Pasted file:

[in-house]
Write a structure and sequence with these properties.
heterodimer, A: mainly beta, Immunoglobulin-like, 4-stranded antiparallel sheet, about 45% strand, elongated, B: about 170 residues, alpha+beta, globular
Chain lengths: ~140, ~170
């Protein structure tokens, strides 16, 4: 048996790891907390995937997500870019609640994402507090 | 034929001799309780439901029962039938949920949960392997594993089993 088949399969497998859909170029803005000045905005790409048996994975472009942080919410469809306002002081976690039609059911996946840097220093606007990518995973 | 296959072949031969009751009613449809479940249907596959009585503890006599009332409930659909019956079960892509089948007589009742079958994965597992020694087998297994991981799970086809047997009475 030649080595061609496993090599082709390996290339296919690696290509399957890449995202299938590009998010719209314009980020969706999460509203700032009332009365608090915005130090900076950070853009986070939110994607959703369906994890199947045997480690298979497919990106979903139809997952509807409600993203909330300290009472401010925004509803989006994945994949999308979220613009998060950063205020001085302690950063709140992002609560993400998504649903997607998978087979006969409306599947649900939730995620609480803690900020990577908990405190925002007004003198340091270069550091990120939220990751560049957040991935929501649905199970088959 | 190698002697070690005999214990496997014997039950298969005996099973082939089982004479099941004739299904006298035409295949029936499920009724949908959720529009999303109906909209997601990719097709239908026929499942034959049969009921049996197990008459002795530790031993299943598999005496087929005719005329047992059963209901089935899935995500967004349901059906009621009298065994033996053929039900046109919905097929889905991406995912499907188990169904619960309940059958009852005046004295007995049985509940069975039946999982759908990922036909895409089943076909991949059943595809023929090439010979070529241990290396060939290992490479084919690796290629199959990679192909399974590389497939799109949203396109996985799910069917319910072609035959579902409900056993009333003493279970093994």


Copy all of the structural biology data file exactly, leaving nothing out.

[in-house]
Write a structure and sequence with these properties.
heterodimer, A: mainly beta, Immunoglobulin-like, 4-stranded antiparallel sheet, about 45% strand, elongated, B: about 170 residues, alpha+beta, globular
Chain lengths: ~140, ~170
């Protein structure tokens, strides 16, 4: 048996790891907390995937997500870019609640994402507090 | 034929001799309780439901029962039938949920949960392997594993089993 088949399969497998859909170029803005000045905005790409048996994975472009942080919410469809306002002081976690039609059911996946840097220093606007990518995973 | 296959072949031969009751009613449809479940249907596959009585503890006599009332409930659909019956079960892509089948007589009742079958994965597992020694087998297994991981799970086809047997009475 030649080595061609496993090599082709390996290339296919690696290509399957890449995202299938590009998010719209314009980020969706999460509203700032009332009365608090915005130090900076950070853009986070939110994607959703369906994890199947045997480690298979497919990106979903139809997952509807409600993203909330300290009472401010925004509803989006994945994949999308979220613009998060950063205020001085302690950063709140992002609560993400998504649903997607998978087979006969409306599947649900939730995620609480803690900020990577908990405190925002007004003198340091270069550091990120939220990751560049957040991935929501649905199970088959 | 190698002697070690005999214990496997014997039950298969005996099973082939089982004479099941004739299904006298035409295949029936499920009724949908959720529009999303109906909209997601990719097709239908026929499942034959049969009921049996197990008459002795530790031993299943598999005496087929005719005329047992059963209901089935899935995500967004349901059906009621009298065994033996053929039900046109919905097929889905991406995912499907188990169904619960309940059958009852005046004295007995049985509940069975039946999982759908990922036909895409089943076909991949059943595809023929090439010979070529241990290396060939290992490479084919690796290629199959990679192909399974590389497939799109949203396109996985799910069917319910072609035959579902409900056993009333003493279970093994």